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Grundy County Tennessee




Colonel A. M. Shook House, ca. 1890, Railroad Avenue and Montgomery Streets, Tracy City, TN, National Register

Photo: Colonel A. M. Shook House, ca. 1890, Railroad Avenue and Montgomery Streets, Tracy City, TN. Listed on the National Register of Historic Places in 1987. Photographed by User:Kentondickerson (own work), 2009, [cc-by-3.0 (creativecommons.org/licenses/by/3.0)], via Wikimedia Commons, accessed October, 2015.

The Grundy County Courthouse is located at 68 Cumberland Street, Altamont, TN 37301; phone: 931-692-3622.

Beginnings [1]

European settlement in the county began during the early 1800s in the coves and the Collins River valley and then in Beersheba Springs, located in the northern section of the county. The fertile valley provided excellent land for agriculture. Corn, wheat, clover, cotton, and tobacco were cultivated. Natural features of Beersheba Springs, situated on the plateau, include iron springs and a moderate summer climate. Pelham, located near the southwestern border of the county, was settled in about the 1830s. In 1844, Grundy County was established with centrally-located Altamont named the county seat.

Many streams and creeks traverse Grundy County. The tributaries of the Cumberland River that flow through the western part of the county are the Elk River and its branches. In the north and east, the Collins River flows and in the south, Battle Creek and the Little Sequatchie River (both tributaries of the Tennessee River) flow. Ridges and bluffs that lie between the streams are especially pronounced in the area southeast of Monteagle. Streams generally flow along a low slope until they reach the edge of the plateau, resulting in numerous water falls. A large part of the county is forest land.

In 1850, Grundy County had a population of 2,773. The arrival of the railroad in the late 1850s resulted in the beginning of commercial coal mining in Grundy County. Tracy City, in the heart of the coal fields, would eventually become the largest community in the county. A rapid and efficient transportation system that could move large amounts of coal was essential to the development of the mining industry. Each time a mine was opened, a branch line would be extended into the vicinity and commercial and residential development would occur. Grundy County is a part of the Appalachian coal field which extends 875 miles through western Pennsylvania, eastern Ohio and Maryland, West Virginia, eastern Kentucky and Tennessee. In Tennessee, this coal field covers Scott, Morgan, Cumberland, Fentress, Van Buren, Bledsoe, Grundy, Sequatchie, Marion, Claiborne, Campbell, Anderson, Rhea, Roane, Overton, Hamilton, Putnam, White, Franklin, Warren, and Coffee counties. Within twenty years, coal mining and coke manufacturing became the major industries in the county.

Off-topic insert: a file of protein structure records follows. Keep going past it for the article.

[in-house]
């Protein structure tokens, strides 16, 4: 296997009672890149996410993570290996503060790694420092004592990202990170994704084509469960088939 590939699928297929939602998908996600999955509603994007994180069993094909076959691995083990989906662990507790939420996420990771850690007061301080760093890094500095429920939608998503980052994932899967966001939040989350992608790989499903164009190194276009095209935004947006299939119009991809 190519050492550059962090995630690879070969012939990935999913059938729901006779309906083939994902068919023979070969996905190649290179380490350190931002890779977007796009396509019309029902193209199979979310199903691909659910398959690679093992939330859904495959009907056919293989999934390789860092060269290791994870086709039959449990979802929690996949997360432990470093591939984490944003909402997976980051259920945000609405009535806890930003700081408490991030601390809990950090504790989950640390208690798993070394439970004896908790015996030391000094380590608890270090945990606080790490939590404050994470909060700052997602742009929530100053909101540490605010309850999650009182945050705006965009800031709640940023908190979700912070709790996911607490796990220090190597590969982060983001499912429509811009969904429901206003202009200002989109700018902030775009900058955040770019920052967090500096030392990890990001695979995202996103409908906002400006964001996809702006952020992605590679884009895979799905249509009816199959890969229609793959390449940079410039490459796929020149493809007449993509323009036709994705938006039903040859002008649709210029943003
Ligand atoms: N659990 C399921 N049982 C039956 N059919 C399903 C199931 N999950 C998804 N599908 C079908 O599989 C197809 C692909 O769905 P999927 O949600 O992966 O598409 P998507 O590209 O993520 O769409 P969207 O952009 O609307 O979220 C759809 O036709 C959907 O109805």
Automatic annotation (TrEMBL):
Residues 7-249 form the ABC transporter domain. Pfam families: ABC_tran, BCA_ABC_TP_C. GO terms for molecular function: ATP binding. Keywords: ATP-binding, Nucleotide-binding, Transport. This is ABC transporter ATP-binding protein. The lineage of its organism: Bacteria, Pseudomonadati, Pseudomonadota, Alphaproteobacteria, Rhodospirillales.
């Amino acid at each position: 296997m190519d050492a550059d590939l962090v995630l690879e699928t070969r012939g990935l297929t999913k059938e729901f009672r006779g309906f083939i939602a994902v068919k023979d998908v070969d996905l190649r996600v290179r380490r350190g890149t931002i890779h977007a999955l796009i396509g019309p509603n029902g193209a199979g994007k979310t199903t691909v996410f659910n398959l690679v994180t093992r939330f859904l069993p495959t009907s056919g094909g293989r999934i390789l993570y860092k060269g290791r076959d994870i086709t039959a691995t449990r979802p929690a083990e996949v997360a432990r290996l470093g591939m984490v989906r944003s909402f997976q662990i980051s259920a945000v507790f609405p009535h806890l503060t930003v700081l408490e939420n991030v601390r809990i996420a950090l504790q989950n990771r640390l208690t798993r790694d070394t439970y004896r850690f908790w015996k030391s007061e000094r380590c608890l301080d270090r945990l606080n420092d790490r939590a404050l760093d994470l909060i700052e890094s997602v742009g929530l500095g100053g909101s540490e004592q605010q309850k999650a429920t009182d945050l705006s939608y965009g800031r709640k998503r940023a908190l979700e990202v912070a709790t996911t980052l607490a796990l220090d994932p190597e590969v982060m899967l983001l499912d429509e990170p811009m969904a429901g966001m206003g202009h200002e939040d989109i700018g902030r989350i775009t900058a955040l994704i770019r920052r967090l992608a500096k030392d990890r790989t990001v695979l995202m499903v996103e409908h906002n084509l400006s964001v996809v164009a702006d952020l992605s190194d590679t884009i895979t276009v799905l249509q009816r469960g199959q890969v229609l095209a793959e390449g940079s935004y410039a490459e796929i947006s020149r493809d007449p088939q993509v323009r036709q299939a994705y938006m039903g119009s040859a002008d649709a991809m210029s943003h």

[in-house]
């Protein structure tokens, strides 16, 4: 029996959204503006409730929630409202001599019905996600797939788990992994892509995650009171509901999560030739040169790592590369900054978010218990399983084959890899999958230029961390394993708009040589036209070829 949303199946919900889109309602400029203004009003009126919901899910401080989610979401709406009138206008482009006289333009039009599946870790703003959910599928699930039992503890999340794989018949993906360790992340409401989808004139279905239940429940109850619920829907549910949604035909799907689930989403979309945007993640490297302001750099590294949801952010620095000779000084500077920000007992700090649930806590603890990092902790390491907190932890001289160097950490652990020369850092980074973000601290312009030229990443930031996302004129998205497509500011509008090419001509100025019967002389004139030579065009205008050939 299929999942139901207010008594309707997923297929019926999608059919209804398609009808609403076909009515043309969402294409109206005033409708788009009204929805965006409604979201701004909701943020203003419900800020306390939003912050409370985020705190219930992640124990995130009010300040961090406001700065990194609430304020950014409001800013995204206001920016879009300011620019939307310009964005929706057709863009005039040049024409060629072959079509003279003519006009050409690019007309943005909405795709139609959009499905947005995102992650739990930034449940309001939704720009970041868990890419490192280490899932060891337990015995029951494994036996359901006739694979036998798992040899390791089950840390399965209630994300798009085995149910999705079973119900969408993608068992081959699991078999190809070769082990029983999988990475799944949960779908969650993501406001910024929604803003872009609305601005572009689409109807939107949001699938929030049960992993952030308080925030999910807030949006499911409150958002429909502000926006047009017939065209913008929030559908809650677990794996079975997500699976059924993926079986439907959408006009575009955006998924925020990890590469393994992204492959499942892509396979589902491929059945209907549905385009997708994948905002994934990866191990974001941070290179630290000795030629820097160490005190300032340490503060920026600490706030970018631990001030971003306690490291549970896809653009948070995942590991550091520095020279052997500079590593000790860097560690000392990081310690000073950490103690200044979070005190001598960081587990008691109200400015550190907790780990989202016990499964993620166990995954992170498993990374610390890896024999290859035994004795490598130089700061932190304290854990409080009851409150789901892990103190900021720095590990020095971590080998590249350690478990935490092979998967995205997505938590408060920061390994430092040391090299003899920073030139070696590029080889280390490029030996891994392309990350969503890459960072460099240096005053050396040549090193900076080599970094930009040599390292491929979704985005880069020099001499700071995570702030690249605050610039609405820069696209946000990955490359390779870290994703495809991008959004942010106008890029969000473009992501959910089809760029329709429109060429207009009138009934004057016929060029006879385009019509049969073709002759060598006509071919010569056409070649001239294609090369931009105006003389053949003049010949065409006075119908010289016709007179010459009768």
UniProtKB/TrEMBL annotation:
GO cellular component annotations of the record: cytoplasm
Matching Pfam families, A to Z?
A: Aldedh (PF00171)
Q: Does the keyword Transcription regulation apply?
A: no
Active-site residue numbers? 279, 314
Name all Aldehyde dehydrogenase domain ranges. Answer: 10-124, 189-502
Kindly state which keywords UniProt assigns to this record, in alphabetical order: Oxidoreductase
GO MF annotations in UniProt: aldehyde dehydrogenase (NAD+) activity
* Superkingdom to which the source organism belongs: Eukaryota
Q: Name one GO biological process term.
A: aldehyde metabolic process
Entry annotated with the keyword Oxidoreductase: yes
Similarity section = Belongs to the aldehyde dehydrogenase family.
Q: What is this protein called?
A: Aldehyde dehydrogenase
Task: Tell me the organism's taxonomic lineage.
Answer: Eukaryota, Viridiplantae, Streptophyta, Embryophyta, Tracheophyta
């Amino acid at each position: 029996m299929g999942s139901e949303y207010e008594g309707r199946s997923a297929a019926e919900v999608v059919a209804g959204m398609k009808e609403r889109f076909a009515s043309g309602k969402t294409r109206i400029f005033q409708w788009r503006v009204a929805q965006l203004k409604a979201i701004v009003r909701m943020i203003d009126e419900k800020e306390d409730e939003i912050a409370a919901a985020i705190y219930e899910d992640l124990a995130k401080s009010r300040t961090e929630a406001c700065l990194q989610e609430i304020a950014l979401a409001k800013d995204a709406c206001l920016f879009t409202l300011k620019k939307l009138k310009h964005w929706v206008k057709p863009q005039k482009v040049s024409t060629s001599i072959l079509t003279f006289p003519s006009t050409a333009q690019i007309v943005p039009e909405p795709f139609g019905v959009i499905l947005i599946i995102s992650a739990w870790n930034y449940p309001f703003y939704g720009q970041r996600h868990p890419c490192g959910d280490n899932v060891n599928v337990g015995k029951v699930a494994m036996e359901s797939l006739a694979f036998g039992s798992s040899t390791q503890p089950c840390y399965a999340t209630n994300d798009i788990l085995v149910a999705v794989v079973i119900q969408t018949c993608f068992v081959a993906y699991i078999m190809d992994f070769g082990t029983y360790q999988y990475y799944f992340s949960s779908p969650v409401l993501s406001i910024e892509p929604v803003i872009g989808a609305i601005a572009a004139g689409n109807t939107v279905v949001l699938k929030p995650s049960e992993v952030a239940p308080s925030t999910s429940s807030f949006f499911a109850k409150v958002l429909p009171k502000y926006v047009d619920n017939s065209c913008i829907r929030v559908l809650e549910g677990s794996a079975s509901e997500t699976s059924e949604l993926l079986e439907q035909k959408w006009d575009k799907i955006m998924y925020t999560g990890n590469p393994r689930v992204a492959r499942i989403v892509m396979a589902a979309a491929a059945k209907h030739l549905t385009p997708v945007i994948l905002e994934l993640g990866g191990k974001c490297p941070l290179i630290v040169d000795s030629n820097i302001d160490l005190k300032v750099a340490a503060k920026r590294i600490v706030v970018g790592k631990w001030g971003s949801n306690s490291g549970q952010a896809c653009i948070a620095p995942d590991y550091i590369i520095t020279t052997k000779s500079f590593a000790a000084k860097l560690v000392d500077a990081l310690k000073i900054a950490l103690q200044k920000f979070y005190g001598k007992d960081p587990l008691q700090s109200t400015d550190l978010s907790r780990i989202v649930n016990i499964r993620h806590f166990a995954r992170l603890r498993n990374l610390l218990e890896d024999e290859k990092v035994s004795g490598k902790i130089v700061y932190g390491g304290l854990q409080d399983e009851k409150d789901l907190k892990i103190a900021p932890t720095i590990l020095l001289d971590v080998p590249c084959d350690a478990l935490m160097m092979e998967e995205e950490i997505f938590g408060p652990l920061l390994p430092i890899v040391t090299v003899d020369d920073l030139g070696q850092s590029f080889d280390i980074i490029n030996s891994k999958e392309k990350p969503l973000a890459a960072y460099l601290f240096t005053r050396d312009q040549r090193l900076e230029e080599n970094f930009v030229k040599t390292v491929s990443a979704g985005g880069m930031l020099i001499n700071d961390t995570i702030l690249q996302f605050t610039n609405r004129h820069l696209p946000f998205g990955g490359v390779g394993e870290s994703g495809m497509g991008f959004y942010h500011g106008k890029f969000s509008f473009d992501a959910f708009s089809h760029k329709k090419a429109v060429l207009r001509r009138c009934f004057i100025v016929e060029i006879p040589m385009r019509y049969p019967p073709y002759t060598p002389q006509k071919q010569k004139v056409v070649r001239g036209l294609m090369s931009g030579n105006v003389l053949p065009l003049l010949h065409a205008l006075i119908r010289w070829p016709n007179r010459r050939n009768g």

Grundy County contains several interesting and scenic natural features. Stone Door, in the northern part of the county, is a 150 foot tall natural stone opening on the plateau near Savage Gulf. This area contains rock shelters, caves, waterfalls, creeks, sheer cliffs, and some virgin forest. A state park was established in the late 1930s along the Big Fiery Gizzard Creek, and Grundy Lakes were created in 1938-1939. Some of the park land was donated by the Tennessee Coal and Iron Company and several coke ovens are included in the park. Today, much of these forest and scenic lands are part of the South Cumberland State Recreation Area. Approximately 12,000 acres in Franklin, Grundy, and Marion counties are included in the recreation area. Another interesting natural feature in the county located between Monteagle and Pelham is Wonder Cave. The cave is at least seven miles long with one passage of solid onyx. There are three levels of cave with widths ranging from 30 to 100 feet. A portion of it is being nominated as part of the Wonder Cave Historic District.

  1. Claudette Stager, Tennessee Historical Commission, Historic Resources of Grundy County, Tennessee, nomination document, 1986, National Park Service, National Register of Historic Places, Washington, D.C.
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